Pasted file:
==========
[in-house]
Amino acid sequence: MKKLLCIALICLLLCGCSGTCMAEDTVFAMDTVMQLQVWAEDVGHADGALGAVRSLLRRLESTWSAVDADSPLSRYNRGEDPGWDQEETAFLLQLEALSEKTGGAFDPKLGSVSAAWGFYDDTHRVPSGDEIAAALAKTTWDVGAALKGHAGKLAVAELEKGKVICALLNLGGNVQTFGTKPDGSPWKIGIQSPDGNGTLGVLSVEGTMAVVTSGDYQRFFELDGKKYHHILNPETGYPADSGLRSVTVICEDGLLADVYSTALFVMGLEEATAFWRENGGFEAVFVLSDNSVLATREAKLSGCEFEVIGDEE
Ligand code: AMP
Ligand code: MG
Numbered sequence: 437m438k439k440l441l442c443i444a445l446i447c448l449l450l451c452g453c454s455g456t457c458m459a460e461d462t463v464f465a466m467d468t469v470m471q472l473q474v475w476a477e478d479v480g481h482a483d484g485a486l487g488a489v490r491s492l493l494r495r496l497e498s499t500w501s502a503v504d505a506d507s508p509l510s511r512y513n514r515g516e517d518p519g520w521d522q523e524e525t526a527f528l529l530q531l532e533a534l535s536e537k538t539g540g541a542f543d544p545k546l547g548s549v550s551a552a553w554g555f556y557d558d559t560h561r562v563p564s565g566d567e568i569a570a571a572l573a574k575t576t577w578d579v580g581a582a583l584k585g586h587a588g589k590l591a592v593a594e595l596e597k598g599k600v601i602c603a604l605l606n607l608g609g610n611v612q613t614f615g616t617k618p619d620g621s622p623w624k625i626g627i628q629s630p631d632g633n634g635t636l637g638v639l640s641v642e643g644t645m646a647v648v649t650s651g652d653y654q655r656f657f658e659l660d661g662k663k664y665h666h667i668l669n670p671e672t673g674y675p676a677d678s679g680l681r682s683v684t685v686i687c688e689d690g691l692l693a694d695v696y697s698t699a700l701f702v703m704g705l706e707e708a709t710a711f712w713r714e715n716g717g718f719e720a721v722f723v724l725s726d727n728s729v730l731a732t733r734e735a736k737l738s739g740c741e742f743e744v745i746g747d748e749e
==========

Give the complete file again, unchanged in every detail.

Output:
[in-house]
Amino acid sequence: MKKLLCIALICLLLCGCSGTCMAEDTVFAMDTVMQLQVWAEDVGHADGALGAVRSLLRRLESTWSAVDADSPLSRYNRGEDPGWDQEETAFLLQLEALSEKTGGAFDPKLGSVSAAWGFYDDTHRVPSGDEIAAALAKTTWDVGAALKGHAGKLAVAELEKGKVICALLNLGGNVQTFGTKPDGSPWKIGIQSPDGNGTLGVLSVEGTMAVVTSGDYQRFFELDGKKYHHILNPETGYPADSGLRSVTVICEDGLLADVYSTALFVMGLEEATAFWRENGGFEAVFVLSDNSVLATREAKLSGCEFEVIGDEE
Ligand code: AMP
Ligand code: MG
Numbered sequence: 437m438k439k440l441l442c443i444a445l446i447c448l449l450l451c452g453c454s455g456t457c458m459a460e461d462t463v464f465a466m467d468t469v470m471q472l473q474v475w476a477e478d479v480g481h482a483d484g485a486l487g488a489v490r491s492l493l494r495r496l497e498s499t500w501s502a503v504d505a506d507s508p509l510s511r512y513n514r515g516e517d518p519g520w521d522q523e524e525t526a527f528l529l530q531l532e533a534l535s536e537k538t539g540g541a542f543d544p545k546l547g548s549v550s551a552a553w554g555f556y557d558d559t560h561r562v563p564s565g566d567e568i569a570a571a572l573a574k575t576t577w578d579v580g581a582a583l584k585g586h587a588g589k590l591a592v593a594e595l596e597k598g599k600v601i602c603a604l605l606n607l608g609g610n611v612q613t614f615g616t617k618p619d620g621s622p623w624k625i626g627i628q629s630p631d632g633n634g635t636l637g638v639l640s641v642e643g644t645m646a647v648v649t650s651g652d653y654q655r656f657f658e659l660d661g662k663k664y665h666h667i668l669n670p671e672t673g674y675p676a677d678s679g680l681r682s683v684t685v686i687c688e689d690g691l692l693a694d695v696y697s698t699a700l701f702v703m704g705l706e707e708a709t710a711f712w713r714e715n716g717g718f719e720a721v722f723v724l725s726d727n728s729v730l731a732t733r734e735a736k737l738s739g740c741e742f743e744v745i746g747d748e749e